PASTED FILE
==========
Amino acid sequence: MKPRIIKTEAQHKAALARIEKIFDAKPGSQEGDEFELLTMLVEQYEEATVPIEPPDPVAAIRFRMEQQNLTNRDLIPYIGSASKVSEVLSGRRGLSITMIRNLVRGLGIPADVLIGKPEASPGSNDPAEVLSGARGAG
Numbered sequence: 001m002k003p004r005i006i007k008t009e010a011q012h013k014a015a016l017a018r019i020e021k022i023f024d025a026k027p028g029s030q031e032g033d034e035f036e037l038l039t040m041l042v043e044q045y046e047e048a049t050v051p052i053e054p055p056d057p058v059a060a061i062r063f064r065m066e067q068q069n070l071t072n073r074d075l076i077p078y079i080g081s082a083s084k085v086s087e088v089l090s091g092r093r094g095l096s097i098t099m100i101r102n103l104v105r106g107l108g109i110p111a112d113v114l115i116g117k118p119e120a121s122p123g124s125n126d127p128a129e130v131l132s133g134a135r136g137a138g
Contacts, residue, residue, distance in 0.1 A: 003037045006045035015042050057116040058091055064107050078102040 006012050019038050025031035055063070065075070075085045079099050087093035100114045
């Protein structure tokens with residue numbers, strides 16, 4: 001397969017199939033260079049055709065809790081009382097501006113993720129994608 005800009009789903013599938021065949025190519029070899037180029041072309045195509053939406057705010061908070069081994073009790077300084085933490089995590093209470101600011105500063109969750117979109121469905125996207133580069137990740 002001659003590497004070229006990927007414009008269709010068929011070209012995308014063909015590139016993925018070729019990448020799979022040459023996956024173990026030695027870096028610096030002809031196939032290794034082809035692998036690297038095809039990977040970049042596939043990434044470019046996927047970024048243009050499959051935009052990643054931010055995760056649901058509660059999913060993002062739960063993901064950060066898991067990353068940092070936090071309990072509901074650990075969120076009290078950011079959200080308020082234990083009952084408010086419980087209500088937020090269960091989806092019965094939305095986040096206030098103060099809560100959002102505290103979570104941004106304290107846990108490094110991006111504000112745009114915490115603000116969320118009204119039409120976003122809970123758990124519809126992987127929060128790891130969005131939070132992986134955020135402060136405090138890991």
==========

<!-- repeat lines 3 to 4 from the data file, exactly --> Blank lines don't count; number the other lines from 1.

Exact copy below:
Contacts, residue, residue, distance in 0.1 A: 003037045006045035015042050057116040058091055064107050078102040 006012050019038050025031035055063070065075070075085045079099050087093035100114045
């Protein structure tokens with residue numbers, strides 16, 4: 001397969017199939033260079049055709065809790081009382097501006113993720129994608 005800009009789903013599938021065949025190519029070899037180029041072309045195509053939406057705010061908070069081994073009790077300084085933490089995590093209470101600011105500063109969750117979109121469905125996207133580069137990740 002001659003590497004070229006990927007414009008269709010068929011070209012995308014063909015590139016993925018070729019990448020799979022040459023996956024173990026030695027870096028610096030002809031196939032290794034082809035692998036690297038095809039990977040970049042596939043990434044470019046996927047970024048243009050499959051935009052990643054931010055995760056649901058509660059999913060993002062739960063993901064950060066898991067990353068940092070936090071309990072509901074650990075969120076009290078950011079959200080308020082234990083009952084408010086419980087209500088937020090269960091989806092019965094939305095986040096206030098103060099809560100959002102505290103979570104941004106304290107846990108490094110991006111504000112745009114915490115603000116969320118009204119039409120976003122809970123758990124519809126992987127929060128790891130969005131939070132992986134955020135402060136405090138890991």